When he first arrived in Canada six years ago, Laibar Singh told immigration officials he needed Canada's protection.

The 48-year-old from Punjab said he was linked to a separatist group and would face torture in India if he returned. His refugee claim was denied -- but then Singh gave Canadians another reason to let him stay: while working in Canada in 2006, a spinal infection left him paralyzed.

Supporters at widely attended rallies in B.C. said whether it was through torture or through inadequate medical care, Singh faced death if he were to be deported back to India.

But nine months after he was finally deported, Singh is still alive and living in Punjab with his family, and getting medical care, including MRIs, from a hospital about 60 kilometres from his village.

And contrary to his original claims, he told a film crew commissioned by CTV News that it wasn't fear, but the promise of a better life in Canada that brought him here.

"I was poor," he told the CTV crew. "That's why I came to Canada."

It's cases like Singh's that is causing the government to worry that the work permits and delays that are a fact of life in Canada' refugee system are creating an incentive for bogus claimants.

That's why last week the Canadian government slapped visas on Czech and Mexican visitors -- and why the federal minister of immigration is promising to get tough on other false claims as well.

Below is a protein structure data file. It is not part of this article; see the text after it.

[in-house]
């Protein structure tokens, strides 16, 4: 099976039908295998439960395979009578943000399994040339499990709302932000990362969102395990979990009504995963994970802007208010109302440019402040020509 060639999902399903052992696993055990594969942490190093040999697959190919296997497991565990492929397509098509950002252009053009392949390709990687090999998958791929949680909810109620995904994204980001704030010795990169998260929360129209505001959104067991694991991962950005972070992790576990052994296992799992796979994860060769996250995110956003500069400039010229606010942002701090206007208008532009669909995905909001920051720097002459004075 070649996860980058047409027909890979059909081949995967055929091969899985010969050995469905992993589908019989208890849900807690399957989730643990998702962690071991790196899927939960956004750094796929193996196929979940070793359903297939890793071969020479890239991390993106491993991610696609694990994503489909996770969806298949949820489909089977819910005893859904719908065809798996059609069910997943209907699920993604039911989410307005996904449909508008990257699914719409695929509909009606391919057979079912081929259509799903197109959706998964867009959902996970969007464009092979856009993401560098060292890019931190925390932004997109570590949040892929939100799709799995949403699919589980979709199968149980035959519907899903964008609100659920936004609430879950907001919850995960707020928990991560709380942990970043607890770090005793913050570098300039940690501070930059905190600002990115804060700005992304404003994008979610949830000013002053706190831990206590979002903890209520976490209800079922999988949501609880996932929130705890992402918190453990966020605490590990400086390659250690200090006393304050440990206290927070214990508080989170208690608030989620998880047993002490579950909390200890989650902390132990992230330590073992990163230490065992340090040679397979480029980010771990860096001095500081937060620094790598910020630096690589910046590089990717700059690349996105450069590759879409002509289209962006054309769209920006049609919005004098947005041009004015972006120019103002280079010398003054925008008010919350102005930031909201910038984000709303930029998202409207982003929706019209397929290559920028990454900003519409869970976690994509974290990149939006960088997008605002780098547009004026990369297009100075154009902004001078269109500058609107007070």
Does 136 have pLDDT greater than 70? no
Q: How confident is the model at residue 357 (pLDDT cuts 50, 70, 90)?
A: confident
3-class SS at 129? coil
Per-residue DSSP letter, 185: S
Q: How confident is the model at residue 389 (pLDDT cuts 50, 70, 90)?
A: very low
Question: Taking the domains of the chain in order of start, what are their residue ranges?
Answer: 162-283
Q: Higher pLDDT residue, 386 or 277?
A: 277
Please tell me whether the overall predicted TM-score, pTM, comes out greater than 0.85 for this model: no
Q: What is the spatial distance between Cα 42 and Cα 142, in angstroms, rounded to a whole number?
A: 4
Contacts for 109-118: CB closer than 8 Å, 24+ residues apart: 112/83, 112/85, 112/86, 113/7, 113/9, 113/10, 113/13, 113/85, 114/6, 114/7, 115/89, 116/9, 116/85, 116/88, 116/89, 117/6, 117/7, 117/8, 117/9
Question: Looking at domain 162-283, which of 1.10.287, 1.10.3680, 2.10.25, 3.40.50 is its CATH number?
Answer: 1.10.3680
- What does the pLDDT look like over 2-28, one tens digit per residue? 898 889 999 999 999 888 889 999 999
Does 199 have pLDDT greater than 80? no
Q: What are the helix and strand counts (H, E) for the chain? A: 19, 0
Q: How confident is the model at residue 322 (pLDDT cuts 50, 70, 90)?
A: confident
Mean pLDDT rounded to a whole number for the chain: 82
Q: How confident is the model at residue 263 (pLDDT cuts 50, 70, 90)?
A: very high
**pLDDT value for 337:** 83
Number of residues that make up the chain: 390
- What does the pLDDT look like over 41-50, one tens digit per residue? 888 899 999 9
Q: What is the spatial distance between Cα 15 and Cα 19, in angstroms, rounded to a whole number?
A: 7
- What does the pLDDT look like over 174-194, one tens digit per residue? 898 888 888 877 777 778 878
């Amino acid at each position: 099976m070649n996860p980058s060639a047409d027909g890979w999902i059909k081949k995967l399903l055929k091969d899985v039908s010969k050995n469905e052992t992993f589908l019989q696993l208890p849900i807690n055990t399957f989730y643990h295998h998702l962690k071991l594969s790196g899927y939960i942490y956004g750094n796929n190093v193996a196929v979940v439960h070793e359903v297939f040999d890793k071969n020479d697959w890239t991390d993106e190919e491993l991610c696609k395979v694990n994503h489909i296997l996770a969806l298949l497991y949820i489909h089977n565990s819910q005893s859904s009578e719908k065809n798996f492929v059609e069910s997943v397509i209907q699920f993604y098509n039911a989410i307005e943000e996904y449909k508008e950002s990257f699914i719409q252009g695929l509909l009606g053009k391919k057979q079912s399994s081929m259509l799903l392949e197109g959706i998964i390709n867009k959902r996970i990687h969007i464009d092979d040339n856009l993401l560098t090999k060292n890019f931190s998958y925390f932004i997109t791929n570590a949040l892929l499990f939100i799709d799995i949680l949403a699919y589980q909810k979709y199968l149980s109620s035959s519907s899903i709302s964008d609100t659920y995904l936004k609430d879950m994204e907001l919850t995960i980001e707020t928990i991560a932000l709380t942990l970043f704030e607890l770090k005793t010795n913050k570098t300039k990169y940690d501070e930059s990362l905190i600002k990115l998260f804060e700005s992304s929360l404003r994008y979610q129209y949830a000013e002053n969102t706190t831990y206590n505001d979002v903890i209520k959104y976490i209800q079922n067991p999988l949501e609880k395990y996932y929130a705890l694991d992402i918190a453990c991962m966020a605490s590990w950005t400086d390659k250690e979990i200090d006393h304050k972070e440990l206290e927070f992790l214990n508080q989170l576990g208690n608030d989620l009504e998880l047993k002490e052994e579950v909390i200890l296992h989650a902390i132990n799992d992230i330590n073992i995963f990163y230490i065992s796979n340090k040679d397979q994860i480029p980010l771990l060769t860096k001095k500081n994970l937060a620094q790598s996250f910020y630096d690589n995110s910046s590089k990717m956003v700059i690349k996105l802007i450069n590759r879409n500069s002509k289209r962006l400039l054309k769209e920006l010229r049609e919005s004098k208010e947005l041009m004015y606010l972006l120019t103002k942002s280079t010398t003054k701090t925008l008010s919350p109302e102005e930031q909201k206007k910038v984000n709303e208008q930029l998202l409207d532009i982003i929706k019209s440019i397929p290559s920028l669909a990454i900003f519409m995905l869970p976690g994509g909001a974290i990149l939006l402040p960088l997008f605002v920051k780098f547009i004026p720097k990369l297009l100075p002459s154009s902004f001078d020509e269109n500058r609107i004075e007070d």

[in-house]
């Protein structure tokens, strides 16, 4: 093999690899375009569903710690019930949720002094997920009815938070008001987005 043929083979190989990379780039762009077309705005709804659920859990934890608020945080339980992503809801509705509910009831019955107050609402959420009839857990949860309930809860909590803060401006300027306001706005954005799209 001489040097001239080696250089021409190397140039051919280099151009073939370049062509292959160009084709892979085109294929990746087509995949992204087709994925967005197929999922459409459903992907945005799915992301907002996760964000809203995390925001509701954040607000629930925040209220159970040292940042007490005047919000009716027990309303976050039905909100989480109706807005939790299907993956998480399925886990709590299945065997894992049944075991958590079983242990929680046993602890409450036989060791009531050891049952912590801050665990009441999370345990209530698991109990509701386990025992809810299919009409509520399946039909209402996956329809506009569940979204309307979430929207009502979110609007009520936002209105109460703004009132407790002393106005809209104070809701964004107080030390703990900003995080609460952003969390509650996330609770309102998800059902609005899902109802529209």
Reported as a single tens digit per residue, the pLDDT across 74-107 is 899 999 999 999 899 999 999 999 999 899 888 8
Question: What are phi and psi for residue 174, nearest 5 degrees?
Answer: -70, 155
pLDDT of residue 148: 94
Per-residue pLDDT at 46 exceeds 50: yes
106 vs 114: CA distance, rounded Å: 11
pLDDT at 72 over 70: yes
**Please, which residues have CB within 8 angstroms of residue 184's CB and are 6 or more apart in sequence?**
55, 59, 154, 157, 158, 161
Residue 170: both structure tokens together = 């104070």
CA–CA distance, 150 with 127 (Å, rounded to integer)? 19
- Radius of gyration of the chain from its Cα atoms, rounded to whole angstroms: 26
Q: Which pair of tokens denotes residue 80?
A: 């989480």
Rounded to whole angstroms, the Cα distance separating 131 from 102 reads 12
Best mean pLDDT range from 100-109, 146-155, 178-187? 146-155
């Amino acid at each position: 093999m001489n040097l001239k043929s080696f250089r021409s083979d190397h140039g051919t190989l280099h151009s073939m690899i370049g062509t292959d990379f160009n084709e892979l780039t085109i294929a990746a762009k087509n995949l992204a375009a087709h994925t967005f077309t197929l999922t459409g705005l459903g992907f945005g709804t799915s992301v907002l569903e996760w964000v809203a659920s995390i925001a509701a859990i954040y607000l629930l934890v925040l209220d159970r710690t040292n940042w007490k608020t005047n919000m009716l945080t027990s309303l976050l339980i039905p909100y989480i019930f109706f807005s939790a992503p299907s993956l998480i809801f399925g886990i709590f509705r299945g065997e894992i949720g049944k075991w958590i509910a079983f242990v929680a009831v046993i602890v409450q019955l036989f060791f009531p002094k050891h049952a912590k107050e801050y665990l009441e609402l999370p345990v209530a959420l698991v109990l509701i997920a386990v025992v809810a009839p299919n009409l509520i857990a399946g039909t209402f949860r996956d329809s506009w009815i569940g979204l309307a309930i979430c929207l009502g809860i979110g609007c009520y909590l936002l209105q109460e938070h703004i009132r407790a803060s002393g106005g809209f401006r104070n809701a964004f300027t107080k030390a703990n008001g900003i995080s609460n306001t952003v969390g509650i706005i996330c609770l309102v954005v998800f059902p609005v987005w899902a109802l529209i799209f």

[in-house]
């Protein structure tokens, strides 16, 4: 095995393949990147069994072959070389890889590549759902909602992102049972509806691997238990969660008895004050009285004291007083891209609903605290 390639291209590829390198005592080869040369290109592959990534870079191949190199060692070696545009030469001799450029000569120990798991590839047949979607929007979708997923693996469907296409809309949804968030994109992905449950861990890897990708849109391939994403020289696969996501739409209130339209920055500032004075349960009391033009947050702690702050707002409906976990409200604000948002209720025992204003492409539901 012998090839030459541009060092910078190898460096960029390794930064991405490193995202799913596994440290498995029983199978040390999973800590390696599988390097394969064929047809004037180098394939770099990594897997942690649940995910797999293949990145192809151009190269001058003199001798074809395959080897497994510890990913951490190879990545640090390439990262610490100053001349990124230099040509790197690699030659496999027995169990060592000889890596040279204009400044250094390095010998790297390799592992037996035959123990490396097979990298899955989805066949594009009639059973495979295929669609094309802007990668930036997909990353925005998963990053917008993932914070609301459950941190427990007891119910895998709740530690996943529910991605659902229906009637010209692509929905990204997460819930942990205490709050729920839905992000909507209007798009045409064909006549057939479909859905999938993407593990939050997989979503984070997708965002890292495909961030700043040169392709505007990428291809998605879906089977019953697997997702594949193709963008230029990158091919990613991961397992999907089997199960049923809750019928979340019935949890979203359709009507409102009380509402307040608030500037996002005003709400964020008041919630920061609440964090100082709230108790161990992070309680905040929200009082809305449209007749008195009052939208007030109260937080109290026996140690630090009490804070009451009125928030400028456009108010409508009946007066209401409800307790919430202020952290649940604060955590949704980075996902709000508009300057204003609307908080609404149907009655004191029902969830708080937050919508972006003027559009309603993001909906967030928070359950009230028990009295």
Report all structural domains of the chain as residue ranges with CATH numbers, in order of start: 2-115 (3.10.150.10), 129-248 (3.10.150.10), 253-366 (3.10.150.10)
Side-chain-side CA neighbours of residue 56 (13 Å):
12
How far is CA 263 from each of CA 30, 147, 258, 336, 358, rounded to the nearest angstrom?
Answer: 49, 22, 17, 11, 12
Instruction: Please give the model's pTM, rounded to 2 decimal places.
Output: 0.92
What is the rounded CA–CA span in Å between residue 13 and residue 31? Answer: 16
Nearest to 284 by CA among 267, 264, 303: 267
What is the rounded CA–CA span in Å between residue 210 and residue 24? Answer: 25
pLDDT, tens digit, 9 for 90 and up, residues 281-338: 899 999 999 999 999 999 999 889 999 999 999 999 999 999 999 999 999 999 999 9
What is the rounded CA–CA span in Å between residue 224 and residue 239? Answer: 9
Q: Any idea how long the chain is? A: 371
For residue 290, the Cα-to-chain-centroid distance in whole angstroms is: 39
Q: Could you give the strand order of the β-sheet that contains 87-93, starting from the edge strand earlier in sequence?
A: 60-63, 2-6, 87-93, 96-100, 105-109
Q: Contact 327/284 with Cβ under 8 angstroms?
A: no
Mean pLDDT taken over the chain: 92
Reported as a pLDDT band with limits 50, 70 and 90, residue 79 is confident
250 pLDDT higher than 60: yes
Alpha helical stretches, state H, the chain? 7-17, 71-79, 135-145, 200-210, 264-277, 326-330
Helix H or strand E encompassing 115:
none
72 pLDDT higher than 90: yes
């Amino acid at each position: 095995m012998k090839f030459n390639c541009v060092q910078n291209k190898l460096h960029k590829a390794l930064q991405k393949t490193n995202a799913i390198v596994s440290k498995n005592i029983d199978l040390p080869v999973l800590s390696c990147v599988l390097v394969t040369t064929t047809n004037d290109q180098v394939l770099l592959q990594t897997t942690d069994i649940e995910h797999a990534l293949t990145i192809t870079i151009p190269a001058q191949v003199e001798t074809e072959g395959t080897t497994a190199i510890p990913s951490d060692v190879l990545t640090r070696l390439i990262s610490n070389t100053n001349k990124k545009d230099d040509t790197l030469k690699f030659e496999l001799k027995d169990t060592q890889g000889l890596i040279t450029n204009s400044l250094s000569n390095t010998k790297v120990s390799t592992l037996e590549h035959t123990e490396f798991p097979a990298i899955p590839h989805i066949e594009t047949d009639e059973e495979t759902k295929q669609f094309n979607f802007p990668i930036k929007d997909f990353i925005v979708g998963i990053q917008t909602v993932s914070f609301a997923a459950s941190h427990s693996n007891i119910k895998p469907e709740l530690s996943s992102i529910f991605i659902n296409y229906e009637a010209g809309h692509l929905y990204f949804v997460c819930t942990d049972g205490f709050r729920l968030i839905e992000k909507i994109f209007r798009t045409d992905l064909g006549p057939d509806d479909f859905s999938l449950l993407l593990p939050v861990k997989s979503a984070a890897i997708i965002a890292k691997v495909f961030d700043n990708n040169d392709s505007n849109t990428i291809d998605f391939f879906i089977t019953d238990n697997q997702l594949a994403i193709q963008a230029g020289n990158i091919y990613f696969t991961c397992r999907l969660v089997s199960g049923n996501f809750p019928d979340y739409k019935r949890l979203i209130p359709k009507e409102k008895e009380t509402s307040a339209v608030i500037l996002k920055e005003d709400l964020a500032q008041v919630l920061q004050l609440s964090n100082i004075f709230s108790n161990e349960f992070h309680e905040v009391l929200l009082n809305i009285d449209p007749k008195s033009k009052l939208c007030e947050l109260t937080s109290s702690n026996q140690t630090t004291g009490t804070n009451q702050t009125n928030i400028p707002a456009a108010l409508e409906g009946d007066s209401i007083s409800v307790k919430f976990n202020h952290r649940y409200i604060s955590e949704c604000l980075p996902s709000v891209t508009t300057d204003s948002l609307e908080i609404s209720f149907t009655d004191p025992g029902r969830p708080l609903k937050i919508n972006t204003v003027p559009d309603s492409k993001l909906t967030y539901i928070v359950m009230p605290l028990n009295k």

"If you come to Canada you can play the system and profit from it," Kenney told CTV News in a recent interview. "We need to change that message and fix the system."

Some 28,523 individuals made a refugee claim across Canada in 2007. In the same year, 1,846 people were removed from Canada after failing an inadmissibility hearing.

Some of those removed exhausted the many levels of appeals in the immigration system or the courts system. Some who were denied their claims were able to get humanitarian exemptions if they have created ties to Canada that the government is reluctant to uproot.

In Singh's case, being paralyzed was not enough to get a humanitarian exemption.

Immigration lawyer Richard Kurland said that the minister was right to deport Singh.

"I was one of the few people who said put him on the airplane as soon as possible," said Kurland.

"The minister and his officials did the right thing by not granting humanitarian relief, rewarding flagrant illegality in his case," he said.

But Harsha Walia of No One Is Illegal, said that Canada still has to live with the uncomfortable truth that Singh's medical care isn't to the standard that he was getting in Canada.

"It's not whether he's getting medical care, it's the standard of care," she said.

Singh was lucky to receive money from supporters to pay for some of his medical treatment, she said.

On Tuesday, CTV Investigates will show you how a convict facing deportation was able to disappear and commit more crimes.